Liver Toxicity, Ritonavir, and Hepatitis C: New Data Publishedby John S. James
The main purposes of this study were to determine how frequently liver toxicity occurs, particularly in patients who already had chronic hepatitis C or B. Data is needed because "the actual incidence of drug-induced hepatotoxicity and role of chronic viral hepatitis are poorly understood since anecdotal reports generally omit the number of exposed persons and may focus attention on exceptional cases or high-risk populations. Conversely, clinical trials are frequently restricted to persons at low risk for adverse events. Also, clinical trials underrepresent minority groups, women, and injection drug users, and may exclude those with chronic HCV or HBV infection."(1) (This study's population was almost 75% African-American, 24% white, and 2% other races, reflecting the population receiving HIV treatment at Johns Hopkins; no statistically significant racial differences in liver toxicity were found.) Severe liver toxicity was defined as grade 3 or 4 laboratory abnormalities of liver function tests (either AST or ALT), based on a definition used by the AIDS Clinical Trials Group (ACTG).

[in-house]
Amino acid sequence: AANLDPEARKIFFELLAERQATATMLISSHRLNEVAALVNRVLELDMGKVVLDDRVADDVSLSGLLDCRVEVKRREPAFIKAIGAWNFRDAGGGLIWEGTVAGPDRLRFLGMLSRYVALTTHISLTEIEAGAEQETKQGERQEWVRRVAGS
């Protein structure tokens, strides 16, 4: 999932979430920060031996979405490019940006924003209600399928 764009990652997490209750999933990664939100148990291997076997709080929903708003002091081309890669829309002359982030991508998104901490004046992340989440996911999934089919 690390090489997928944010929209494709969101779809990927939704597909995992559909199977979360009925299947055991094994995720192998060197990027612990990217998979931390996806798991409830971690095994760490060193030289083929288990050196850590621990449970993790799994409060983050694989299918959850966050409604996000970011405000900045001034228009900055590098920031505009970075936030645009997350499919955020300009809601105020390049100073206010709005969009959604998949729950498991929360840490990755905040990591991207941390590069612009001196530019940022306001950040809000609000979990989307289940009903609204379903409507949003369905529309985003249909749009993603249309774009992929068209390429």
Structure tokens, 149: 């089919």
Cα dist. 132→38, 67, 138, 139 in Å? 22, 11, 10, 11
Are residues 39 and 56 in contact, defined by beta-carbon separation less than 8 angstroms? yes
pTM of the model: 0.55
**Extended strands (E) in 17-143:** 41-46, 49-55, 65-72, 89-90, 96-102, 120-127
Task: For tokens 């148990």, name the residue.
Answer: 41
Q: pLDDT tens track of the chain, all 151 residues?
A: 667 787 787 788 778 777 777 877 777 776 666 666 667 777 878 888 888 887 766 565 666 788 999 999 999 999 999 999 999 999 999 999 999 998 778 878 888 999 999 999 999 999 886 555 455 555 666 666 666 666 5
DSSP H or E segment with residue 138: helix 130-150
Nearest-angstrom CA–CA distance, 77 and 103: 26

Results and ConclusionsThe major results of this study were:
No one knows why the risk of liver toxicity with ritonavir was much higher in this study than other studies.
Johns Hopkins Medical Institution summarized the results in a January 4 press release:
"Some doctors have been reluctant to use protease inhibitors, so they have prescribed other medications that are either harder to take or less effective, says Sulkowski [the lead author]. This study shows that liver toxicity is fairly high with these drugs and that ritonavir is more toxic than others. These drugs, however, can be used safely if liver enzyme levels are monitored closely.